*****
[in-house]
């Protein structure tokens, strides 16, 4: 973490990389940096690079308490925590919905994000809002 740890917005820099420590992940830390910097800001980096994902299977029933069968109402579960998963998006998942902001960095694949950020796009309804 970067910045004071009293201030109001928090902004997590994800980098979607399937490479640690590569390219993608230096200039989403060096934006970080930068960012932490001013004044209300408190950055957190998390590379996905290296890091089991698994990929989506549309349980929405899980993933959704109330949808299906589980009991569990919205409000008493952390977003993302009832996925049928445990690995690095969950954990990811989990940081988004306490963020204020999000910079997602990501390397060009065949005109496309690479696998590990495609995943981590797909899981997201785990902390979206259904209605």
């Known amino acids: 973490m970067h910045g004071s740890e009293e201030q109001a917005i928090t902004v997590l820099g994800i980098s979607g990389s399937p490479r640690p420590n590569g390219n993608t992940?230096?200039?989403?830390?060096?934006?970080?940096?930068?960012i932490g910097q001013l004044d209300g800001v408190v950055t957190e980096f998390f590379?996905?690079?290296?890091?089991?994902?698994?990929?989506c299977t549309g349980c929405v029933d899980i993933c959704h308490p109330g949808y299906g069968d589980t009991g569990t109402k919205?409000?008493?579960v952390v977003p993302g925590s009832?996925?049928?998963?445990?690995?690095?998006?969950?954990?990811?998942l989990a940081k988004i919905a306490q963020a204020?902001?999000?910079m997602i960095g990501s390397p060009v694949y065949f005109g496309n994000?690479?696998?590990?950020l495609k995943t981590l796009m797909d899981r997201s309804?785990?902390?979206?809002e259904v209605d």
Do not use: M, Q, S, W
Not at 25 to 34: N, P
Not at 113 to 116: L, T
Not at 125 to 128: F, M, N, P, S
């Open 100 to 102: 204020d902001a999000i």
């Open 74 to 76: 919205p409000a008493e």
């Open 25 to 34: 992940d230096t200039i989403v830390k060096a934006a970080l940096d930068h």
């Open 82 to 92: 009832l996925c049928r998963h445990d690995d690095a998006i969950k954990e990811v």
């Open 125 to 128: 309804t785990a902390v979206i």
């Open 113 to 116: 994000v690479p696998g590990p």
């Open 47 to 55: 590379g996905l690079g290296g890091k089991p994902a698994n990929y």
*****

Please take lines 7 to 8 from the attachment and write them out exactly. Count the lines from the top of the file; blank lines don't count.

Not at 125 to 128: F, M, N, P, S
């Open 100 to 102: 204020d902001a999000i």